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Home/Daniel Larison/Iran Hawks and the Persistent “Martyr-State” Lie

Iran Hawks and the Persistent “Martyr-State” Lie

Rick Santorum speaks for many Iran hawks when he made this delusional statement last week:

Iran with a nuclear weapon, in my opinion, is the end….I have no doubt that Iran will use a nuclear weapon in any way possible to destroy the United States, to destroy Europe, to destroy Israel or any other country that is in their way. They don’t care about dying.

This is a lunatic thing to say about any nation, and it is a measure of how warped and biased our Iran debate is that presidential candidates can make assertions like this about another nation without causing an uproar. No government exists or has ever existed that didn’t “care” whether it was destroyed or not, and no people has ever been indifferent to its own annihilation. To believe this ridiculous claim, one has to view Iranians as something less than fully human. The idea that Iran’s government is a suicidal “martyr-state” is entirely unfounded. Indeed, it is nothing more than a lie, but it is one that hard-line fanatics including Santorum spread to sow distrust and fear in order to make the public more receptive to their aggressive policies. It is regrettable to say the least that Santorum is more likely to benefit politically by making these nonsensical and irresponsible statements than he is likely to be discredited by them.

The even more unhinged part of this is Santorum’s fervent belief that a regime that doesn’t possess nuclear weapons, hasn’t been seeking them, has just recommitted not to pursue them, and has accepted restrictions that prevent it from building them will ever have the ability to “destroy” any other country, much less the entire Western world. It is unlikely that Iran will ever actually build a nuclear weapon, and it just became more unlikely thanks to the deal that Santorum opposes. It is absurd to think that their government would use such weapons to launch an attack that would result in their annihilation. Voters should understand that candidates that promote the “martyr-state” myth are seeking to deceive them, and journalists should be holding these candidates accountable for these falsehoods.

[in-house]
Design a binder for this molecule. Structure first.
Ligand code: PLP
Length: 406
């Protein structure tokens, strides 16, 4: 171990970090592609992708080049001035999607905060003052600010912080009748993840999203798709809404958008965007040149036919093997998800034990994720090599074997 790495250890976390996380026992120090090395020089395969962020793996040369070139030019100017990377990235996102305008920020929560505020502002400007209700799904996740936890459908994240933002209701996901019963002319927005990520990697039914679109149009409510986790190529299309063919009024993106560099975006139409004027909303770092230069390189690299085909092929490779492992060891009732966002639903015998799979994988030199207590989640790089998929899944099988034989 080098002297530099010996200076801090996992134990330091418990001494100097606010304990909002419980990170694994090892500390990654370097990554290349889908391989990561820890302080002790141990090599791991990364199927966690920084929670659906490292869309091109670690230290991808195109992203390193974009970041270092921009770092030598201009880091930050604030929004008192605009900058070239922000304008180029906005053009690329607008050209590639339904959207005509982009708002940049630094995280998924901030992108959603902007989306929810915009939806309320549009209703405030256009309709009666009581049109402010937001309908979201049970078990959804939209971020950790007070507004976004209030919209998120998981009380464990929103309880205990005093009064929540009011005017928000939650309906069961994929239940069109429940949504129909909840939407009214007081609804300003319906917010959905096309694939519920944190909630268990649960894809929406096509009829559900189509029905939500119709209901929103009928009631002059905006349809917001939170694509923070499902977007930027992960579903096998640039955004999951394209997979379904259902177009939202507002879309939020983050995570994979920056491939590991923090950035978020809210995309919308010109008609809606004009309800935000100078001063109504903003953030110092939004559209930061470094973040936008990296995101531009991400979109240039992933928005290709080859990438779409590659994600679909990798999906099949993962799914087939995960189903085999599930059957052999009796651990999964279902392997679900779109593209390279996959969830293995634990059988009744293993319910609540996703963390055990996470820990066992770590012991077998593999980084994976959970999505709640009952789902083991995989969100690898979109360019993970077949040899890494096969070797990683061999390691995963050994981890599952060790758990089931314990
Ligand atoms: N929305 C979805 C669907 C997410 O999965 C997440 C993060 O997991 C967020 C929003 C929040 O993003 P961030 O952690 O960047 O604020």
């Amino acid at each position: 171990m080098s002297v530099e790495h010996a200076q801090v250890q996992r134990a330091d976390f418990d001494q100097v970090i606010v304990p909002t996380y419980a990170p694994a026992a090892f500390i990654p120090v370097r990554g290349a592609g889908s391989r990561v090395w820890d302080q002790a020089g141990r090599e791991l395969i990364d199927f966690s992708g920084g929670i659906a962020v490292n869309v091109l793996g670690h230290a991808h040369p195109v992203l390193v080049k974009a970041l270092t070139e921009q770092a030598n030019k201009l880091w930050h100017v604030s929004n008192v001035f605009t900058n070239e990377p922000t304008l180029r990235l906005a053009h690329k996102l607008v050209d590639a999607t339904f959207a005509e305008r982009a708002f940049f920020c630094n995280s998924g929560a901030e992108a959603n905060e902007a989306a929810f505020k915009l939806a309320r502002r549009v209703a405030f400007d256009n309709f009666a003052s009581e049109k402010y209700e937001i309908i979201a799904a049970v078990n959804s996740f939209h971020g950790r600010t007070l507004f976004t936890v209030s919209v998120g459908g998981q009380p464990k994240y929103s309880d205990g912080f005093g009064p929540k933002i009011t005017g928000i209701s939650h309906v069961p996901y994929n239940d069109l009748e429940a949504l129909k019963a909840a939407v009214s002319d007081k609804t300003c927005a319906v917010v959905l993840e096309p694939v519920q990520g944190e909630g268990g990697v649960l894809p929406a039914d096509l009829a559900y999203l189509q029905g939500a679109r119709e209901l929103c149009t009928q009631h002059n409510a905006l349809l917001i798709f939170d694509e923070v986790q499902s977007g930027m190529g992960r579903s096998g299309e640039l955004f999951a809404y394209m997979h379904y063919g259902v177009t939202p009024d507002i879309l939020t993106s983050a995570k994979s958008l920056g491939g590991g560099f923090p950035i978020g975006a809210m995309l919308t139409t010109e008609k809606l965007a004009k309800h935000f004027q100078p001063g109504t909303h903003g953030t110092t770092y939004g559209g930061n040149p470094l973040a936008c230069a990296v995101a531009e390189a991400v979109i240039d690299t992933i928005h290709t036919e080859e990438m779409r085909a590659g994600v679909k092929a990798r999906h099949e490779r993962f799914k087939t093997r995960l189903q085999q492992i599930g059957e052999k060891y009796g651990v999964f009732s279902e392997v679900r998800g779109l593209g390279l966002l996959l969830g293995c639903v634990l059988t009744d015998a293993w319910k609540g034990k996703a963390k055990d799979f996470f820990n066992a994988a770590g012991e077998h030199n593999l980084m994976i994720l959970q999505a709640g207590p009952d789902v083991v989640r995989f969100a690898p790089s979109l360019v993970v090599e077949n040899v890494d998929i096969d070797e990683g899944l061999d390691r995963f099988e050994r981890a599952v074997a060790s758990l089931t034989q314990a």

about the author

Daniel Larison is a senior editor at TAC, where he also keeps a solo blog. He has been published in the New York Times Book Review, Dallas Morning News, World Politics Review, Politico Magazine, Orthodox Life, Front Porch Republic, The American Scene, and Culture11, and was a columnist for The Week. He holds a PhD in history from the University of Chicago, and resides in Lancaster, PA. Follow him on Twitter.

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